As soon as you type in Black History Month, mutlicoloured digital confetti and the phrase "Say it loud" appear in blue, maroon, yellow and orange boxes floating across the screen.
Check out the picture below:
Black History Month search on GoogleScreenshot
Black History Month, which runs from February 1- March 1, was created in 1926 as a week-long celebration by Carter G. Woodson, the founder of the Association for the Study of African American Life and History (ASALH).
And since 1976, US presidents have designated the month of February as Black History Month.
The month pays tribute and celebrates the achievements of African Americans in history and as a means to recognise their integral part of the fabric of the nation.
Black History Month has also received notoriety and recognition in Canada, and now Ireland and the UK.
The month of February was chosen because the second week of the month celebrates the birthdays of both Frederick Douglass and Abraham Lincoln, the 16th US president (born February 12).
Douglass was a former slave, author of Narrative of the Life of Frederick Douglass, and a significant leader in the abolitionist movement, which sought to put an end to slavery in America. Lincoln was influential in the emancipation of slaves.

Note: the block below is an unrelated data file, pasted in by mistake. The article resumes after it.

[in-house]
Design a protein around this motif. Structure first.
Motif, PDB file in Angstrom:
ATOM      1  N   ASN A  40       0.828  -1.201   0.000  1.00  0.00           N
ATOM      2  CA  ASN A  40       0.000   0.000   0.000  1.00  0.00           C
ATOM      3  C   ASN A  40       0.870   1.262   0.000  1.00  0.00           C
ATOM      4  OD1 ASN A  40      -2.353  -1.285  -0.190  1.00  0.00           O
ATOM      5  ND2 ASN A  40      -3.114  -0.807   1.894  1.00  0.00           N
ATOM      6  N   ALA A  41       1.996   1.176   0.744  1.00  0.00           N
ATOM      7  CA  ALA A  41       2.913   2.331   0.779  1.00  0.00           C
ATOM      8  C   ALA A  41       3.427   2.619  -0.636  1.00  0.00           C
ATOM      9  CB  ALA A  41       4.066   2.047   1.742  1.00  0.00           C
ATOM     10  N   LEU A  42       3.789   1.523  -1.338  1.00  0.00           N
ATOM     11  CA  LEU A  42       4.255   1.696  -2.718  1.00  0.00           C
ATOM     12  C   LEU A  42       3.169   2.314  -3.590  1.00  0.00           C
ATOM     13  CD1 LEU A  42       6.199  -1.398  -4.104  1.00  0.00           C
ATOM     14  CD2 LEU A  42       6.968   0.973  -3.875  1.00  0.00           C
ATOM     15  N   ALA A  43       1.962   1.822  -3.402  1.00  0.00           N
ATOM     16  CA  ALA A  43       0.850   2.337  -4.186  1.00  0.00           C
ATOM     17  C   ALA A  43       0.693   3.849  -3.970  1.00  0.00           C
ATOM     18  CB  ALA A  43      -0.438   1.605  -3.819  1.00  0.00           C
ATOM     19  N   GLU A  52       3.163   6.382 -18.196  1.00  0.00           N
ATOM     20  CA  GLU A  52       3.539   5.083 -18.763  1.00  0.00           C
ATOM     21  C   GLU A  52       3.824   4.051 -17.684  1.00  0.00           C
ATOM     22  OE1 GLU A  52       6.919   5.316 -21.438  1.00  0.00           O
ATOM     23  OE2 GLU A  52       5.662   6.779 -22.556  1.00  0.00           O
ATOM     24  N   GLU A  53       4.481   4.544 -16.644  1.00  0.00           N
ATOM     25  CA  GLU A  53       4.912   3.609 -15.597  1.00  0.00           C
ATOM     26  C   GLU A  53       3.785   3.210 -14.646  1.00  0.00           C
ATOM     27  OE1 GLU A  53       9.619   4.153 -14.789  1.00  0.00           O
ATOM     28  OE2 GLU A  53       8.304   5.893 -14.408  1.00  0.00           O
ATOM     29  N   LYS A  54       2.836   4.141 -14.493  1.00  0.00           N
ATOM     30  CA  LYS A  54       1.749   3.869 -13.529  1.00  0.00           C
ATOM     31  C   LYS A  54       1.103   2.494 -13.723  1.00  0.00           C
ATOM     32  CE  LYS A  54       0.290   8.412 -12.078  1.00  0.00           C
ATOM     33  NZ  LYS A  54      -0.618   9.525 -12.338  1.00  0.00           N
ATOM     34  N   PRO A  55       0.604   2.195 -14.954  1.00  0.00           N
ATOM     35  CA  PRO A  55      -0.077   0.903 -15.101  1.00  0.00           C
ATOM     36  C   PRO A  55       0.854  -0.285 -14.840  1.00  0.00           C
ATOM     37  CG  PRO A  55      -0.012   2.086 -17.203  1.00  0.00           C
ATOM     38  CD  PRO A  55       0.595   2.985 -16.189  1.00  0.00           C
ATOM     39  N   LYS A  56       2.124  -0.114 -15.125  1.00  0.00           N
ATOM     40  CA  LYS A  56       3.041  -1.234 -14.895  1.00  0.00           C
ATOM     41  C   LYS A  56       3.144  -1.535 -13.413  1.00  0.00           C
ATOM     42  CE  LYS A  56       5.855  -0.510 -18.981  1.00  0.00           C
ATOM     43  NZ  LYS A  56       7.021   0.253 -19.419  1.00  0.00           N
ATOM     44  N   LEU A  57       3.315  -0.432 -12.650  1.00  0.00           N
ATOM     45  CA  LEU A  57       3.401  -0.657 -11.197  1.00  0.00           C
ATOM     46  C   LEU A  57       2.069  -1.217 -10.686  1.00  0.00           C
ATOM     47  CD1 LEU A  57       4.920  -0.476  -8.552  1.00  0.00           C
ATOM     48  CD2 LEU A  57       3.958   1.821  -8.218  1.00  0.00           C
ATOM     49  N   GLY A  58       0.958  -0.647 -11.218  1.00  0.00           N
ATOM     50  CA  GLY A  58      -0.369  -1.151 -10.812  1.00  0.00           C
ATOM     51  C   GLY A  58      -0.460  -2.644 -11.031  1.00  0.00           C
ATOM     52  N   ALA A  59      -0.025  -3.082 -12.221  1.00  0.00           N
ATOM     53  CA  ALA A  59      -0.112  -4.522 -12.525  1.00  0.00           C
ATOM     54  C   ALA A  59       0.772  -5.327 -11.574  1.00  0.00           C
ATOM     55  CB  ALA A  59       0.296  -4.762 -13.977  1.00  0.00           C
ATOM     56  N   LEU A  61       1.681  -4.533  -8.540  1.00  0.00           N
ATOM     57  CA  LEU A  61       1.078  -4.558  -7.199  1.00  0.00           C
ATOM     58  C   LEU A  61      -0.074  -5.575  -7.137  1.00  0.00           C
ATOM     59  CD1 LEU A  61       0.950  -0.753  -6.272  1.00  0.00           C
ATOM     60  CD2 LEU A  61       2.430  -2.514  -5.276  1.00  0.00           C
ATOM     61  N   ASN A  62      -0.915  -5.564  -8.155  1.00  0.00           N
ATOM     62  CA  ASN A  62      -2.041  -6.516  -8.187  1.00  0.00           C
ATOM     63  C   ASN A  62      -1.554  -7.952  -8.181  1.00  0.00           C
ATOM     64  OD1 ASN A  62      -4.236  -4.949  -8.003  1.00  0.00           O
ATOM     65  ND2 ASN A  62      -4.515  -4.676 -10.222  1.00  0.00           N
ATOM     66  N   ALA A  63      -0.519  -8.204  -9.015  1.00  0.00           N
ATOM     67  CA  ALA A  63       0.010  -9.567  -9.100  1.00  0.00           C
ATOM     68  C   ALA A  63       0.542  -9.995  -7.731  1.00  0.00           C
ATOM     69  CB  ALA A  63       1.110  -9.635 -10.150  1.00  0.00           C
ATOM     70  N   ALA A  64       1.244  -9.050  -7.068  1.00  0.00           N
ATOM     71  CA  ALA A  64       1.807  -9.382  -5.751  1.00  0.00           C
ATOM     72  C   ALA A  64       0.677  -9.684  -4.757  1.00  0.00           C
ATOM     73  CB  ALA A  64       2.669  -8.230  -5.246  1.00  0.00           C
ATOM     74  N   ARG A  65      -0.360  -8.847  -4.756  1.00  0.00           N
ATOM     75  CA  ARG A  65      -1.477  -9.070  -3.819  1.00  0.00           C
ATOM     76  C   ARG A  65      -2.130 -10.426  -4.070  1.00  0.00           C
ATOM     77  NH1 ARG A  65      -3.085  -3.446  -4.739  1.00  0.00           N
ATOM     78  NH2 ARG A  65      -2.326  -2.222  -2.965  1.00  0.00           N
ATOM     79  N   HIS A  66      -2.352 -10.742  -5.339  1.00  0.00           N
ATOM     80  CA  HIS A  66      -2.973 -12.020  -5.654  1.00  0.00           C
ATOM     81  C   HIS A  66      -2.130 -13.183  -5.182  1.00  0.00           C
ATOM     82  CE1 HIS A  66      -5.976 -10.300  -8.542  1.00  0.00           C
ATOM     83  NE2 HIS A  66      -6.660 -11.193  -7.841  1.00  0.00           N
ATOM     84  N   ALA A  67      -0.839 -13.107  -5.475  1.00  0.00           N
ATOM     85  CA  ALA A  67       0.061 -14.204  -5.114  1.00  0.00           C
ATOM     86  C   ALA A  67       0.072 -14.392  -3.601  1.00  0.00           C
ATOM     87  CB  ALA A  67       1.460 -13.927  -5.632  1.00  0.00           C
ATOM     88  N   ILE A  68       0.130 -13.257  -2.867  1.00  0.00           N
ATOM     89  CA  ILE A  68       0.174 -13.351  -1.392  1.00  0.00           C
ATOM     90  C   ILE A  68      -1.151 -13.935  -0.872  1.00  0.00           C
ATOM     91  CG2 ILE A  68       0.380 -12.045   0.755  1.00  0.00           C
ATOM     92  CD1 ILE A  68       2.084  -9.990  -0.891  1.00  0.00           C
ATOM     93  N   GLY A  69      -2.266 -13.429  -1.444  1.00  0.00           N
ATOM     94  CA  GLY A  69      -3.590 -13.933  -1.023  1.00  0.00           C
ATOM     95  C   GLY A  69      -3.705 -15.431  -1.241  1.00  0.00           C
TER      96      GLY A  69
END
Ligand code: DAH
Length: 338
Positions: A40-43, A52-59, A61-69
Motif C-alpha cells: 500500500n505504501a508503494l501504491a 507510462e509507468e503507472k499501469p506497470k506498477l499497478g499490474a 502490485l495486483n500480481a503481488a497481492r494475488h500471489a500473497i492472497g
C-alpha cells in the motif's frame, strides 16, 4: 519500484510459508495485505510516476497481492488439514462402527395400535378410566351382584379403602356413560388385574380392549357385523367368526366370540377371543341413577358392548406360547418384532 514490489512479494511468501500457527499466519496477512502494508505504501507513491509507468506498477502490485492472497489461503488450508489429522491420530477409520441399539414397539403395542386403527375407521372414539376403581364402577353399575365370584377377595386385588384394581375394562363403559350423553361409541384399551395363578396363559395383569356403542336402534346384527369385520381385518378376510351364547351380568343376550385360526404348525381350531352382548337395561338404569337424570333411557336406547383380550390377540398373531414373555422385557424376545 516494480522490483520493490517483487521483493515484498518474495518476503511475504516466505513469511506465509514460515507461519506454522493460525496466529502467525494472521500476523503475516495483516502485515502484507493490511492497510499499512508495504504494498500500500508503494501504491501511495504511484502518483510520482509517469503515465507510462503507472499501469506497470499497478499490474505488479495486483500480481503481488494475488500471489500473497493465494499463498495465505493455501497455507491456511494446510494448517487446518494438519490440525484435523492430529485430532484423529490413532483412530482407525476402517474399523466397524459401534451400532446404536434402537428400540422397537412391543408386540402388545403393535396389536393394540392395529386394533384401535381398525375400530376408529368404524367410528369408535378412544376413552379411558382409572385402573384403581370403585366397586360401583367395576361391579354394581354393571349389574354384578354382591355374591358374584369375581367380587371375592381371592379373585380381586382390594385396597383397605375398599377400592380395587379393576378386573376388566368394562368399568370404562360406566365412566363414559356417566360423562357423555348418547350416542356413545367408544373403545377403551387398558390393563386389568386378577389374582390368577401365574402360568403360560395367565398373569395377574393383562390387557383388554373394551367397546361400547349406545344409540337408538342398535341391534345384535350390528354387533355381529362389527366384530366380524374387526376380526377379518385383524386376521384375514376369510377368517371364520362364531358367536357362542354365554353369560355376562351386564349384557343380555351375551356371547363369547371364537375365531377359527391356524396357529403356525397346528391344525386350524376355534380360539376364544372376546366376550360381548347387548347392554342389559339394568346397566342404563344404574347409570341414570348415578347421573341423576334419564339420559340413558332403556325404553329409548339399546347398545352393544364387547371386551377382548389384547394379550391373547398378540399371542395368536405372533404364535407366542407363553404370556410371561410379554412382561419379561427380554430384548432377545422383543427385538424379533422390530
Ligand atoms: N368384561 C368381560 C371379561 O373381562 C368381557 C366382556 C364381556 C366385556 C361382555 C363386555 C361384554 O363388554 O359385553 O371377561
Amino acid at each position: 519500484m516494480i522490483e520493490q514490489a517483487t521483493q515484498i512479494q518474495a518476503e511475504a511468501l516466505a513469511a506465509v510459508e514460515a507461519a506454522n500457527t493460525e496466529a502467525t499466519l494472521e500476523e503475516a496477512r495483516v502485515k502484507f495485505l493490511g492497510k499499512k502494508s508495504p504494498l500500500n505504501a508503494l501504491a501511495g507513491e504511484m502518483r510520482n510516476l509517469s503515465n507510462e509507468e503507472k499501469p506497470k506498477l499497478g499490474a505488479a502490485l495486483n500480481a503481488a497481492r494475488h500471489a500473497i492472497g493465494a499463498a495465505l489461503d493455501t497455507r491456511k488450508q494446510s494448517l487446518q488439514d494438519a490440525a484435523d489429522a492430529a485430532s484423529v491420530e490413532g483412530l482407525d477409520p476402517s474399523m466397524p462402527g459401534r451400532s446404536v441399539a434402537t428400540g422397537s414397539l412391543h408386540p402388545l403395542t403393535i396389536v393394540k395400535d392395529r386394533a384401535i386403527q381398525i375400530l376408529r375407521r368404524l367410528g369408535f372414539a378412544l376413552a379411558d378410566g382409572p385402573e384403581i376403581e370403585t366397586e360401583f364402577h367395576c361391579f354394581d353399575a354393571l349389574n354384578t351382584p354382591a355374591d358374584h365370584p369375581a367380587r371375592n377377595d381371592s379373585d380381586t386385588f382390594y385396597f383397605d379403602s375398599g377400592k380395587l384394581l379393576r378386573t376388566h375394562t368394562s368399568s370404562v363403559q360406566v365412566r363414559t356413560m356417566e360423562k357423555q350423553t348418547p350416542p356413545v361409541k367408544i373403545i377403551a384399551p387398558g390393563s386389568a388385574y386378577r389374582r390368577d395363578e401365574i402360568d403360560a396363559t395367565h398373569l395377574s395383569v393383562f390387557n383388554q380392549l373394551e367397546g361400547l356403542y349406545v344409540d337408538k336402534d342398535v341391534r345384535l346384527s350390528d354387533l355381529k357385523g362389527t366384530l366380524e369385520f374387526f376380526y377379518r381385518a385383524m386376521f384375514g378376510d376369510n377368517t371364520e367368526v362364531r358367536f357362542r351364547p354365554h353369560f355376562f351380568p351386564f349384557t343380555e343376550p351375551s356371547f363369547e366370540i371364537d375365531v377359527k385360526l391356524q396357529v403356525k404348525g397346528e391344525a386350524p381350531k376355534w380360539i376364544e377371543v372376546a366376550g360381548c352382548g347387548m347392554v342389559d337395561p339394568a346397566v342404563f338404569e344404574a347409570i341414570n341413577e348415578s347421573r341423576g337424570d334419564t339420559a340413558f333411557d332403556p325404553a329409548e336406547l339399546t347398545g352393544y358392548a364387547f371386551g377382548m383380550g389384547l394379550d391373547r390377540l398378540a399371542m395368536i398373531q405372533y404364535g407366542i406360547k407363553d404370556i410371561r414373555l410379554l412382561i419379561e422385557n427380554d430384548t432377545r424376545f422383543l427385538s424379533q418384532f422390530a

As a result, it was a time when African-Americans would hold celebrations to commemorate emancipation.
Unfortunately, Douglass' exact date of birth wasn't recorded, but he came to celebrate it on Valentine's Day (February 14).
Additionally, this year's Black History Month theme is "Black Health and Wellness," with a particular emphasis on improving wellbeing and healthcare access. It will not only acknowledge the legacy of "Black scholars and medical practitioners in Western medicine but also other ways of knowing" such as herbalists, midwives and birth workers, according to ASALH's website.
Have your say in our news democracy. Click the upvote icon at the top of the page to help raise this article through the indy100 rankings.